Last night I was struggling–as I struggle every night–to turn off my bedroom light. It’s a fancy, newfangled thing that provides ample frustration for me each evening as I try to go to bed. Gone, it would seem, are the days of the blessedly simple light switch; can you even remember what that was? Oh, to be a child of the ‘80s, when you could walk into a room and, without a thought in your head, throw your finger on the switch and flick up for light, down for dark. Life was simple, and we lived it within two phosphorescent categories: light or dark. No shades of gray.
Today, things are different. The world of illumination has evolved from a two-act play to a six night miniseries, special effects included. Now, when I walk into a room, I’ve got some decisions to make. Do I want full light, reading light, warm dusk or evening glow? I need to quickly decide so I can determine how long to hold the push-bar thingy (I think it’s called a dimmer?) down. What I really want is to just flick it off without stopping as I walk to my bed, but my Fancy Dimmer won’t allow it. No, I have to pause between brushing my teeth and fluffing my pillow to ascertain my lighting needs for the next twenty minutes. Will I be reading, chatting with my husband, working on my laptop, or sleeping? The lighting level must correspond with the prescribed activity, and it must be selected pronto, before I pass by that dimmer and get into bed only to find myself saddled with Reading Light when what I really needed was Evening Glow.
Should that happen, the gruesome penalty will be heaving myself out of bed and across the room for yet another harrowing round with the dimmer. Ain’t nobody got time for that.
And so we arrive at Last Night and the hardships found therein. My husband was already in bed and asked me to turn out the light. (Hmph. Coward.) I pushed the dimmer and nothing happened. I pushed it again: nada.
“Ooh, I hate this thing! Why won’t it turn off?”
“I’ve told you, you have to set the light level, then push the dimmer.”
“I have set the light level–like a million times! It just doesn’t work.” A muffled moan came from under the covers, where my husband was hiding his eyes from the Full Light that now drenched the room.
“Jen. I’ve been explaining this to you since we bought the house four years ago. Just push down on the dimmer, and it will gradually turn off.”
I pushed. It didn’t.
“See?” I was kind of night-shouting now. “I told you! I pushed it and it didn’t work!” He sighed and threw the covers off his face, defeated.
“That’s because you keep messing with the light level. If you’d just leave it set, every day, the dimmer will work and it will eventually fade out. You get impatient and change the settings, and it screws it all up.”
“I am not impatient! I just don’t like waiting for it to fade out.” He was silent for a moment, perhaps deciding whether to point out that someone who “doesn’t like waiting” is, by definition, impatient. He refrained.
“Jen, it takes like three seconds to fade out.”
“That’s three seconds I could be in bed. It’s annoying.”
“No you are!”
On this mature note, I surrendered my efforts and huffed into bed, where we closed out our day together beneath the yellow stain of Evening Glow. I never did get the light to fade out completely, and I wasn’t about to give my husband the satisfaction of watching me get back out of bed to try. So the light remained as was–dim, but not dark. The Hub can sleep through anything, so while I lay on my back, arms folded and eyes squinting against the glare, he was already in an envious doze. I, on the other hand, would lie awake for eight straight hours if Evening Glow were left on all night. I waved a silent hand back and forth over Sleeping Beauty’s face; he was out cold. Freed from his censure, I rolled gently to my side and rose to fix the light. Padding softly over to the dimmer, I began to silently operate it in the manner he’d instructed. My efforts failed as the light only grew brighter. Oh no–no, no, no!–what if it woke him up? I’d never hear the end of it. I punched the bottom half of the dimmer, faster and harder, with the panicked pad of my thumb. “Come on,” I breathed, “turn off…turn off!” My muttering grew to a stage whisper and my frenzied thumb was now leaving an audible thud in its wake. The room was at Full Light now and there was, quite simply, not a thing I could do about it. My hand fell and my shoulders slumped as I heard the rumbling giant flop over and sit up.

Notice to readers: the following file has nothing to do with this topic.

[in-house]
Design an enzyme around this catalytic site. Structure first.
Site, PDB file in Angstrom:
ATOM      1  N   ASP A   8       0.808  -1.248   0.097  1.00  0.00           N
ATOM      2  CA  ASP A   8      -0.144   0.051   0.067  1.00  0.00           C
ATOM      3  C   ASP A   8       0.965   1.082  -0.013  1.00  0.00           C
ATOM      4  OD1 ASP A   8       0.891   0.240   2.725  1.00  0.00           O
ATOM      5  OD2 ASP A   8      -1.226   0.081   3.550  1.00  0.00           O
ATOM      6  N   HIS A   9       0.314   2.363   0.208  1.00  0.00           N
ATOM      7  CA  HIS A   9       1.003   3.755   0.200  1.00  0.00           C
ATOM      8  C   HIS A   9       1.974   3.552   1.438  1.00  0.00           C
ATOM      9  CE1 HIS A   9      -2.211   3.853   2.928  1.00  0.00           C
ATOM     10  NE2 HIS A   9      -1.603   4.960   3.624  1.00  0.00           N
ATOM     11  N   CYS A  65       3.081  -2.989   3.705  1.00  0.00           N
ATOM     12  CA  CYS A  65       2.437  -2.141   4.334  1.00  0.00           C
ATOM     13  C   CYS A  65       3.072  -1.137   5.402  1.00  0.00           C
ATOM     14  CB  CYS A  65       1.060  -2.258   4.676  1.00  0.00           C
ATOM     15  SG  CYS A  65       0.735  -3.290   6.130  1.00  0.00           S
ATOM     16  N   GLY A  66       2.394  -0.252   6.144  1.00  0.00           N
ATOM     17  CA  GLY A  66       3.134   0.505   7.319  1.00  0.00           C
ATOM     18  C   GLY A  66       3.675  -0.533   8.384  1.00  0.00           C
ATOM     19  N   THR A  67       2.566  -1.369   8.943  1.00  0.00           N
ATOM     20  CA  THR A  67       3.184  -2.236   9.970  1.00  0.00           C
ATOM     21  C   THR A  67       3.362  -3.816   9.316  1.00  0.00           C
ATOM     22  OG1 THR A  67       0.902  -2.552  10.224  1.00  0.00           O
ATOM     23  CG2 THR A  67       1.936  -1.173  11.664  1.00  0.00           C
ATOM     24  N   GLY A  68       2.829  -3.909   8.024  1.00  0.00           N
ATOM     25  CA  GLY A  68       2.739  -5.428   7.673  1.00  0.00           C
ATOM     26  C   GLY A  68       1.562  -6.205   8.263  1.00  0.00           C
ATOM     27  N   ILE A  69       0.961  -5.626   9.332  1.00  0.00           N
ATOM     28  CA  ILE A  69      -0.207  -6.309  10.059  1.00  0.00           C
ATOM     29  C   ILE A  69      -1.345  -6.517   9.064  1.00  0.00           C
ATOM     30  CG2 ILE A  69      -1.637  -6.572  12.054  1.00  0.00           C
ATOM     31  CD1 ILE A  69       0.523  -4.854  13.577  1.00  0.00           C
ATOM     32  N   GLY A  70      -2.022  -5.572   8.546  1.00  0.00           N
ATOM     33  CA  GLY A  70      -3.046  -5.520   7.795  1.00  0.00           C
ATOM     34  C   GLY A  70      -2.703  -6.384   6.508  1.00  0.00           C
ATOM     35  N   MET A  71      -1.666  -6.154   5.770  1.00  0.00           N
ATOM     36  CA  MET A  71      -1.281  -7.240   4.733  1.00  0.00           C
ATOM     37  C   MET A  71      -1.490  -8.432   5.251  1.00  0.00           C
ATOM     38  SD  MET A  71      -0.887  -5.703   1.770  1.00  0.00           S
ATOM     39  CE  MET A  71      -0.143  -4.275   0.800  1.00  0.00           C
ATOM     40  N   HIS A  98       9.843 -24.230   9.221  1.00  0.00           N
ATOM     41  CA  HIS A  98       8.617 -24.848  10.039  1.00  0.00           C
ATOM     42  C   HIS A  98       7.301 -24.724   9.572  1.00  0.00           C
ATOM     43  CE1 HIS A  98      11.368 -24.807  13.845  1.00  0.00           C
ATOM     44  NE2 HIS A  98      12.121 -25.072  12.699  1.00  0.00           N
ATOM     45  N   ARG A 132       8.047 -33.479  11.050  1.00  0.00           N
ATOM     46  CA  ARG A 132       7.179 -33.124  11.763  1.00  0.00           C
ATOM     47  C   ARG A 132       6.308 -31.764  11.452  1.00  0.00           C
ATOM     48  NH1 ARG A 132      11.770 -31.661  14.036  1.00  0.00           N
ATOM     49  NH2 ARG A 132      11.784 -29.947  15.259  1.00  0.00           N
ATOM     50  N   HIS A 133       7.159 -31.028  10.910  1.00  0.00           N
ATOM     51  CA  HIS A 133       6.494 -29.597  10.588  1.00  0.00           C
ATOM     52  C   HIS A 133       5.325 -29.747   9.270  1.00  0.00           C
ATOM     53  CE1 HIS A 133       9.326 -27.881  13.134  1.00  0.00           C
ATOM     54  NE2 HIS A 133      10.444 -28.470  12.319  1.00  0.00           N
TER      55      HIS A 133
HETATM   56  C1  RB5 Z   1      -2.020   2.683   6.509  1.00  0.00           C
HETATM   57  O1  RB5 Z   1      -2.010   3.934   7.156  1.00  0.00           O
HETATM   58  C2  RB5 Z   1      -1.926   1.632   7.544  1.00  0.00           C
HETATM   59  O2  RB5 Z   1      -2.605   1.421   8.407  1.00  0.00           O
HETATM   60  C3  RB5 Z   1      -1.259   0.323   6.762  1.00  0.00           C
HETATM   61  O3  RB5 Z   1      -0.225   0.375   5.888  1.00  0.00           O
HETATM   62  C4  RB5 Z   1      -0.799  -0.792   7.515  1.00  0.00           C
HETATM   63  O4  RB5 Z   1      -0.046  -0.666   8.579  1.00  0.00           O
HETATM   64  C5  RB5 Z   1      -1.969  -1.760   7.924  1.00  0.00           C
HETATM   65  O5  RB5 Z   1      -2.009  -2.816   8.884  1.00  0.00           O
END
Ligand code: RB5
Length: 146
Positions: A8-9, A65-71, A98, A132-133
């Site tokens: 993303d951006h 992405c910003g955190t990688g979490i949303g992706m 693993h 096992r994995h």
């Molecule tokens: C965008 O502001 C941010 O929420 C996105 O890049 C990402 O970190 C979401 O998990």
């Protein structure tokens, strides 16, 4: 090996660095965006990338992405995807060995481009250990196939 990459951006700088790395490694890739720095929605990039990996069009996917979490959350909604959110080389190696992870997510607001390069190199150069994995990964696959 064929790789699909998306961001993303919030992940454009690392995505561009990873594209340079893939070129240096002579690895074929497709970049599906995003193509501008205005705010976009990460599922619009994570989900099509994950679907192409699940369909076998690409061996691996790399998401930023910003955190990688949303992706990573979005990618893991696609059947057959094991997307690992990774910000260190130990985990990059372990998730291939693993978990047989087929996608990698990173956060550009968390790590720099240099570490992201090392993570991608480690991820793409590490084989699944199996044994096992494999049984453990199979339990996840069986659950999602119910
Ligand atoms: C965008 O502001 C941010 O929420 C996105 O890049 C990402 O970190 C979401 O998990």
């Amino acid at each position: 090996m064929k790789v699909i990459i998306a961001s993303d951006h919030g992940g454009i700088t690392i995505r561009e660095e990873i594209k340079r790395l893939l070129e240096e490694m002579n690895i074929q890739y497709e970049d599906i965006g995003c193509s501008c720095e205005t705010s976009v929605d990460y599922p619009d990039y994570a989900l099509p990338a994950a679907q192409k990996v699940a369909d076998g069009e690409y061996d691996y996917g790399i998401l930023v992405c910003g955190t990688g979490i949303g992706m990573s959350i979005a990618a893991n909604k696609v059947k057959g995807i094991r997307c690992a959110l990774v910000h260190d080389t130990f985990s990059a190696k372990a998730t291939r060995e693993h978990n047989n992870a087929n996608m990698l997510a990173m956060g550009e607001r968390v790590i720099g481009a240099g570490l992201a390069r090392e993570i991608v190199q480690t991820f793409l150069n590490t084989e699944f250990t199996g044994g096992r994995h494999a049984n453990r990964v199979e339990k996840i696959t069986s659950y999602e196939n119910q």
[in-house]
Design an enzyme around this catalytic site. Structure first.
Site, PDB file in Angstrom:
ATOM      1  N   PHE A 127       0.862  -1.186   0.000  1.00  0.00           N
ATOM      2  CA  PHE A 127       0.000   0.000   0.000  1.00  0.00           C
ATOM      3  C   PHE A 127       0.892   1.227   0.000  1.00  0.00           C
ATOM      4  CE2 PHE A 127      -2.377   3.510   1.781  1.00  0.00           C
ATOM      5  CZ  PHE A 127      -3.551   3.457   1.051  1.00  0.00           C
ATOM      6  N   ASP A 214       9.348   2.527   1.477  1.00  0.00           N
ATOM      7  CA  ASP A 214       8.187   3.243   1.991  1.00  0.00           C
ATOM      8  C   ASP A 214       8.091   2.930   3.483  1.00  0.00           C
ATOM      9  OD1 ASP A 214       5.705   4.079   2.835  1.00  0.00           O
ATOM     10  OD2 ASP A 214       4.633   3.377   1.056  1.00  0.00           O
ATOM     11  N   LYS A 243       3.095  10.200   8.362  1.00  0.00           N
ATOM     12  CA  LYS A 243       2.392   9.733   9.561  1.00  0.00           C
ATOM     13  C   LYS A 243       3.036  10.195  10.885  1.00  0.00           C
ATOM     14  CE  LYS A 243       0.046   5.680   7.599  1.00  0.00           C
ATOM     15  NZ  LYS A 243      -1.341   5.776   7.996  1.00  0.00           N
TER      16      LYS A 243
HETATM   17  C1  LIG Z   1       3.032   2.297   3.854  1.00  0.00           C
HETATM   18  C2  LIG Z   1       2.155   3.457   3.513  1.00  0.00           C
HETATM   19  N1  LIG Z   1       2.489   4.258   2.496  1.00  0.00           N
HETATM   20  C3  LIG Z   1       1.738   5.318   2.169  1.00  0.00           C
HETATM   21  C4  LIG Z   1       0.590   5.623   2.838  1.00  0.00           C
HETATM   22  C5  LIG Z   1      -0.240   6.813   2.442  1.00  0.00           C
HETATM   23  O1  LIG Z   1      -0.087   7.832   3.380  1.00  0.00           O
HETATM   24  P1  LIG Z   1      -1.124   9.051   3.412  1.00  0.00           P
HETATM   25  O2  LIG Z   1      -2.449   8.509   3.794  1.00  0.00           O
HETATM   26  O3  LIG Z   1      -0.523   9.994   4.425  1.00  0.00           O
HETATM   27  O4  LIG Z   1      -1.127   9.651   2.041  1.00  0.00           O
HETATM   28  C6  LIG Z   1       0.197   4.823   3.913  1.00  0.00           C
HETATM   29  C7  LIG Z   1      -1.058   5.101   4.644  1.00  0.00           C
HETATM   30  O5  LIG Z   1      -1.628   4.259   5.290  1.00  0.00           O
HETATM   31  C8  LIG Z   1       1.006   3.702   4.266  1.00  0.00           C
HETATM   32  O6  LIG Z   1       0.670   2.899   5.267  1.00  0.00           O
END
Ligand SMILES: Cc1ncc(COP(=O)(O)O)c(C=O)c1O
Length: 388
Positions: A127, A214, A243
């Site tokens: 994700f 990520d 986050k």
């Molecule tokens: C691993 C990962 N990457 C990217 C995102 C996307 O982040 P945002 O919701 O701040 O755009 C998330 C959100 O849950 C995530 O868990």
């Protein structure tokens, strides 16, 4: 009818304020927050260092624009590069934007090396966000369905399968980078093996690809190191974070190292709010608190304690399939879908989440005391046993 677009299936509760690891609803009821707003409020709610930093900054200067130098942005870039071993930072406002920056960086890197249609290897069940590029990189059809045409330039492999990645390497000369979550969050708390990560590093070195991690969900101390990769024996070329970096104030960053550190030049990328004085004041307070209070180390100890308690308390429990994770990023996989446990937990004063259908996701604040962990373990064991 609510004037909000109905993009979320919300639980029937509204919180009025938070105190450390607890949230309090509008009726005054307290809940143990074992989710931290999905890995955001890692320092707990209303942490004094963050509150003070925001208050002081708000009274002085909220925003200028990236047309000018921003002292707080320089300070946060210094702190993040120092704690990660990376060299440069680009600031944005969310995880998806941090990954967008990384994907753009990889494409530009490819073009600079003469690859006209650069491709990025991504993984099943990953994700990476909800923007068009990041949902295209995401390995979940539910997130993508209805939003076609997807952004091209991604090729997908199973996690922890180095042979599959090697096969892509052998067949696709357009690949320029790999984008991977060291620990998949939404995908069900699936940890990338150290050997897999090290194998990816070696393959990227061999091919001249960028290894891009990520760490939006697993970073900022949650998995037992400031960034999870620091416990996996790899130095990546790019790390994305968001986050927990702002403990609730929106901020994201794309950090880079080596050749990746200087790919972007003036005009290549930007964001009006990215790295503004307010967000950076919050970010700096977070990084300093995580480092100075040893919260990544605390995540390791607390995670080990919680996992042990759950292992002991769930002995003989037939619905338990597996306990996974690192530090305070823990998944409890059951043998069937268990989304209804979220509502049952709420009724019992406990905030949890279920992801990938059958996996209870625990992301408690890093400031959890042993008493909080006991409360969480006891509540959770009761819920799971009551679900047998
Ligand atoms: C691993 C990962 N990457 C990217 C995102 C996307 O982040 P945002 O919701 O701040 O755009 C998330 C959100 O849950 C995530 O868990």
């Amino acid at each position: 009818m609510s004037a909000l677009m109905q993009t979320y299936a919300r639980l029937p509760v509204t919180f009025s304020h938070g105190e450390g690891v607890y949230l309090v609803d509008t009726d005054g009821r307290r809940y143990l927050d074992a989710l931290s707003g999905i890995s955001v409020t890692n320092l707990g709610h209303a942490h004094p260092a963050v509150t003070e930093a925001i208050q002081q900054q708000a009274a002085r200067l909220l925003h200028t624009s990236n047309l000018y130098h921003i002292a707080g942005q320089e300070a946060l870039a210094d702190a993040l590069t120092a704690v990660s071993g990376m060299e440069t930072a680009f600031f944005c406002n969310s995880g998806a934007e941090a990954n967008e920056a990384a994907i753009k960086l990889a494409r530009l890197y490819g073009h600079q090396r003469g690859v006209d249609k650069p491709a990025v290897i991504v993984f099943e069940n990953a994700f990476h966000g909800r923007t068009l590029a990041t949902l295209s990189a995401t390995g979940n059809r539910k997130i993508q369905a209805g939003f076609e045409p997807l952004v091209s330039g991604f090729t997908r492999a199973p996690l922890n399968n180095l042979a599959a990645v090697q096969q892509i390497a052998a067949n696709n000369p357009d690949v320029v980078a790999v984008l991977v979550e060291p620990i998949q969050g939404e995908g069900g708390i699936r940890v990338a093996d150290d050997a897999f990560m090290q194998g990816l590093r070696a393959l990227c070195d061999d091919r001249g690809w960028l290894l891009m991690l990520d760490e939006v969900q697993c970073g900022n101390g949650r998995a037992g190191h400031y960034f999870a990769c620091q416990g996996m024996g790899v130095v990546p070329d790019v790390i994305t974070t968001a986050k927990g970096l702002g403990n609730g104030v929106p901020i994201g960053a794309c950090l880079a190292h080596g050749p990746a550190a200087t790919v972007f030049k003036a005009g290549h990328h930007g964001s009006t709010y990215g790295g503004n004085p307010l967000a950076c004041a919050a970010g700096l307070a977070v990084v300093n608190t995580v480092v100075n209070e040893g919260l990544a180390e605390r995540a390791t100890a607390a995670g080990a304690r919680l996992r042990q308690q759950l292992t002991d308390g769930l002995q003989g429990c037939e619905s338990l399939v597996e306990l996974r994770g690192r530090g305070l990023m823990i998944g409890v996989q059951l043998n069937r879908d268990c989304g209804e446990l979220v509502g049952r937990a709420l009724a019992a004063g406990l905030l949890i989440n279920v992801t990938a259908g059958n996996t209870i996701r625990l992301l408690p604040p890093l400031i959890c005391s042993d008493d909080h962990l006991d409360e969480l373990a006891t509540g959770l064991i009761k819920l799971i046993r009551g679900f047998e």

“What are you doing?”
“I’m just turning off the light. What are you doing?” I stood dignified, albeit aimlessly, by the wall.
“What? Well then, turn it off…please…” He flopped back down and, to my great relief, the lecture was spared.
“Okay, just a sec…” I now realized that to save face, my only option was to do nothing. So I wandered into the adjoining bathroom, closed the door quietly, and stayed there for awhile. After fifteen minutes spent clipping my toenails, filing my fingernails, and applying the Roc cream that’s supposed to take ten years off my face, I sauntered casually back to the bedroom where the light had, at long last, been turned completely off. My husband must have finally given up, gotten up, and fixed up that whole lighting mess. I eased myself into bed and sighed with contentment as I pulled the blankets to my chin. I may have lost the battle on competency, but I’d won the war on craftiness. A good marriage, I thought with satisfaction, is all about complementing each other. And with that ideal met, I drifted off to sleep under the beautiful darkness of a correctly set dimmer.